Nasturtium Flower - How to Grow and Care
The Nasturtium is simply magical and in addition very easy to clean. Numerous lush blooming flowers in soft colors conquer the garden image for themselves. Due to their charming appearance it is appreciated by many garden lovers. Last but not least the one-year Nasturtium also belongs to the edible flowers. Within the Group of medicinal plants the Tropaeolum majus was even selected as the “herb of the year 2013”.
Nasturtium or also known as Tropaeolum is versatile. Even if you don’t own a private garden you can enjoy this beautiful summer plant on your private balcony. The different flowers in yellow, orange and red are very decorative and can be combined with other flowers or vegetables. In addition not only the flowers are edible, their soft leaves are also and the fruits as well. There are generally low-growing or climbing varieties to the individuality of the garden or balcony.
In the garden, almost everywhere, the Tropaeolum finds a place; in the perennial border, the natural garden as groundcover, as a placeholder or even to make the compost more considerable. This simple as beautiful plant enraptures with sensuality, not least which is due to its given colours. Even the untrained amateur gardener will succeed in the rearing and care of the Tropaeolum majus. We will show you how the pretty salad flower will become the showpiece in your garden.
This undemanding plant will bring you much joy during the gardening season. Follow our easy care instructions for the Nasturtium.
Species and varieties
In the botanical world there are eight kinds of Nasturtium known as an ornamental plant, another species conduces for food purposes. The Tropaeolum majus is suitable for consumption; individual parts of the plant are used for medical purposes. You probably know the Tropaeolum majus because it blooms with bright yellow, orange and red flowers.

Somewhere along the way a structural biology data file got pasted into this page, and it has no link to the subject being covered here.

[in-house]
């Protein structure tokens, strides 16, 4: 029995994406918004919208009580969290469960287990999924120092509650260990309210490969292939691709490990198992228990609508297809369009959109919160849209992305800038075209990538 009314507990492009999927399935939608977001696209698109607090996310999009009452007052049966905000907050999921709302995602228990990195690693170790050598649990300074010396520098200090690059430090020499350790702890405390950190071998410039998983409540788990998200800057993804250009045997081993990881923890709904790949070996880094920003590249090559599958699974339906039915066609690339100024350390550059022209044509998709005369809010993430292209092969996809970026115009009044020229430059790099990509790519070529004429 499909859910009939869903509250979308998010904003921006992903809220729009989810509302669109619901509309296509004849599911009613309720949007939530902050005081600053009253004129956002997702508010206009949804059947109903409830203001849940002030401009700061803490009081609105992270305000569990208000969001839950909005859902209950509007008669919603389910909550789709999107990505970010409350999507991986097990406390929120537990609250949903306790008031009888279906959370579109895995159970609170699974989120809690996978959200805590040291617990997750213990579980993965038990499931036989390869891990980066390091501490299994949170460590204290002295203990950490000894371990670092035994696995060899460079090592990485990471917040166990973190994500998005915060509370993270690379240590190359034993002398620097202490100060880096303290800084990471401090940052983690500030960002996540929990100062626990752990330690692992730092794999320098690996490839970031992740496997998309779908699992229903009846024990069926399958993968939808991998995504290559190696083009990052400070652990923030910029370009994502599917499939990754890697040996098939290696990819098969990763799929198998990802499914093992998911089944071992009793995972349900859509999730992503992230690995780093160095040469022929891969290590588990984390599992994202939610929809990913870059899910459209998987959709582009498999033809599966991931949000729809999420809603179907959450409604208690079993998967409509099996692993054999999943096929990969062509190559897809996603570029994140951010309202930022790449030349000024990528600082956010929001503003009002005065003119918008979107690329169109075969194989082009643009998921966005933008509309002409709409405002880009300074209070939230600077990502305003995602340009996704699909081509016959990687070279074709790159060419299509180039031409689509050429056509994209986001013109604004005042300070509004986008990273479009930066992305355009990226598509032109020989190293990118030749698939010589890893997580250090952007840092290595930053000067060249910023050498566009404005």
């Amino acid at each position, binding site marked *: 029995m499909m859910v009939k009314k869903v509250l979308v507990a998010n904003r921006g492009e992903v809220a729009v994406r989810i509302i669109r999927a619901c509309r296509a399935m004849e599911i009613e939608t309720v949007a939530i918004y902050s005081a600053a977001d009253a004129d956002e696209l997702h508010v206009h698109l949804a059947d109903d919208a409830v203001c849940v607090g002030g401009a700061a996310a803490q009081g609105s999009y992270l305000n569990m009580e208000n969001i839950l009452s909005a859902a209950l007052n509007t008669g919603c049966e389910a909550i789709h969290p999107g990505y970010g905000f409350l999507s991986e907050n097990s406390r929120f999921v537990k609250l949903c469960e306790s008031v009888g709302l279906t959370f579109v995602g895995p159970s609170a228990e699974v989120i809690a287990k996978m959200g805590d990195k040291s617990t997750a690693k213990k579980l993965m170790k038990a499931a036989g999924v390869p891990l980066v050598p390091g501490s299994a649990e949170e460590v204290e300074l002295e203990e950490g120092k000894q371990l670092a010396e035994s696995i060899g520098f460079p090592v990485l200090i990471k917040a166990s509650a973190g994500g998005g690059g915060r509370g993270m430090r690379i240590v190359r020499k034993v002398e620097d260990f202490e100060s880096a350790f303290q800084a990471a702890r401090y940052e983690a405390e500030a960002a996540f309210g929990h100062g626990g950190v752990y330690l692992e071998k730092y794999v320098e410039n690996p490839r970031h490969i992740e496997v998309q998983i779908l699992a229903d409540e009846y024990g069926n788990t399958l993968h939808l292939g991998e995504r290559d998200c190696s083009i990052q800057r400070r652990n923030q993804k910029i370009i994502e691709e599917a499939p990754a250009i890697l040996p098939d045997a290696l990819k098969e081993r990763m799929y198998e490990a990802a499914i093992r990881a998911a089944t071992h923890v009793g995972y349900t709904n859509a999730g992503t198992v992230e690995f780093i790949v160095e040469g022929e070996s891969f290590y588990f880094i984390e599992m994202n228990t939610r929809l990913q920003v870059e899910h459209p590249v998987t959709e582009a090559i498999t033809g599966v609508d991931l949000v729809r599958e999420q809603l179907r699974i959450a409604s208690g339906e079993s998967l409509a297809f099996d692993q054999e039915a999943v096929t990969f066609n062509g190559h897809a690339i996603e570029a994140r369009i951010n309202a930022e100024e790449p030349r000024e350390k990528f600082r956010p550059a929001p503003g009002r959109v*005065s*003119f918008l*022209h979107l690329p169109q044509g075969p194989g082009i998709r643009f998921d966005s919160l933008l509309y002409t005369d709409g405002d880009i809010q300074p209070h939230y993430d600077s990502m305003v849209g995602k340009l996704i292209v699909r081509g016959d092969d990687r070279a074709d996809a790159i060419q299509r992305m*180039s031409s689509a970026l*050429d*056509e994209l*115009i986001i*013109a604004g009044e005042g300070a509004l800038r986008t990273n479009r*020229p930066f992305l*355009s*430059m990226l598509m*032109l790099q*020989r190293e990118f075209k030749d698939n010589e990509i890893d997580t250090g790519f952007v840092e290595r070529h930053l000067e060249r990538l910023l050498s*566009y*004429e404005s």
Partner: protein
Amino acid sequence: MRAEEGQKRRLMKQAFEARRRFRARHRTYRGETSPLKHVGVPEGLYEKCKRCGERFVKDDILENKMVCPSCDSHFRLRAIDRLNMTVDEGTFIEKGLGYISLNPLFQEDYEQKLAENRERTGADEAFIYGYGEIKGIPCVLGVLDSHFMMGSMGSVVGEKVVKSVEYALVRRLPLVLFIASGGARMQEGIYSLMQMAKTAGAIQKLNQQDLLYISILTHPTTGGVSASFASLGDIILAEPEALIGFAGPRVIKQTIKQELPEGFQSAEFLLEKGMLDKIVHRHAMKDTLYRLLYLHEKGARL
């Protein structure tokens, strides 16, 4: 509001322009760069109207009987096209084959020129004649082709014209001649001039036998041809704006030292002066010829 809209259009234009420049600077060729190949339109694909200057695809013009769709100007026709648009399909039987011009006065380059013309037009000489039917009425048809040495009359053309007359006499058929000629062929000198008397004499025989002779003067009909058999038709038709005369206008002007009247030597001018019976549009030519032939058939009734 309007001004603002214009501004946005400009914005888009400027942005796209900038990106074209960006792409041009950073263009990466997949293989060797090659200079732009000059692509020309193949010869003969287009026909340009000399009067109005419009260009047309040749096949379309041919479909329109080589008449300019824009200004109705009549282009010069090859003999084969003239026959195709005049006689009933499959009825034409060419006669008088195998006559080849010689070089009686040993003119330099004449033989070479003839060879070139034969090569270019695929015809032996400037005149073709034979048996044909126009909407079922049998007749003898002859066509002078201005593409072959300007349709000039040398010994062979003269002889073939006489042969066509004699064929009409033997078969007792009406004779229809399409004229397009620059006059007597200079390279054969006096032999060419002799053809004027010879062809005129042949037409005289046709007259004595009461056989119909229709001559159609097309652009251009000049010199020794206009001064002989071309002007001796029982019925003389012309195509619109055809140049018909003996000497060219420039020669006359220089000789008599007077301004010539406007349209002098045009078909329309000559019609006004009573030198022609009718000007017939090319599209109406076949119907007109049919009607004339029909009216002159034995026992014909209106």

The small Tropaeolum majus in turn is the low-growing species with striking dark green leafs and a touch of bronze. Easy to recognize by the wonderful red velvet flowers it will turn over the duration of the summer into a special eye-catcher.
The small Nasturtium grows:
The tuberous Nasturtium is another variety originating from the Andes. For the gourmets and home-cooks among the gardeners it is an interesting variant. Even today it is used as food in South America and also finds more and more attention in our latitudes.
Location and soil
The intense colour play of the Nasturtium needs a natural sunny site. A full sunny location is ideal but it is feeling well in the penumbra also. When it is exposed to too much shade, the creeping plant is searching its way towards the sunny places. The Location at the compost, mostly in penumbra, is therefore also well suited.
There are only a few plants in the garden, which thrive even on a lean ground. The Tropaeolum majus is the best example for this. The leaner the more flowers! It prefers heavy clay soils, especially when these are pro-rata mixed with lime and sand. Furthermore it also thrives as an all-rounder in the strip cultivation with roses or cabbage plants. The Nasturtium basically grows on almost every soil.
Use the fresh humus of your compost to improve the quality of sandy soils. In addition you can use peat-free soils, perlite, bark humus or coconut fibers in the interests of environmental protection to improve the soil structure.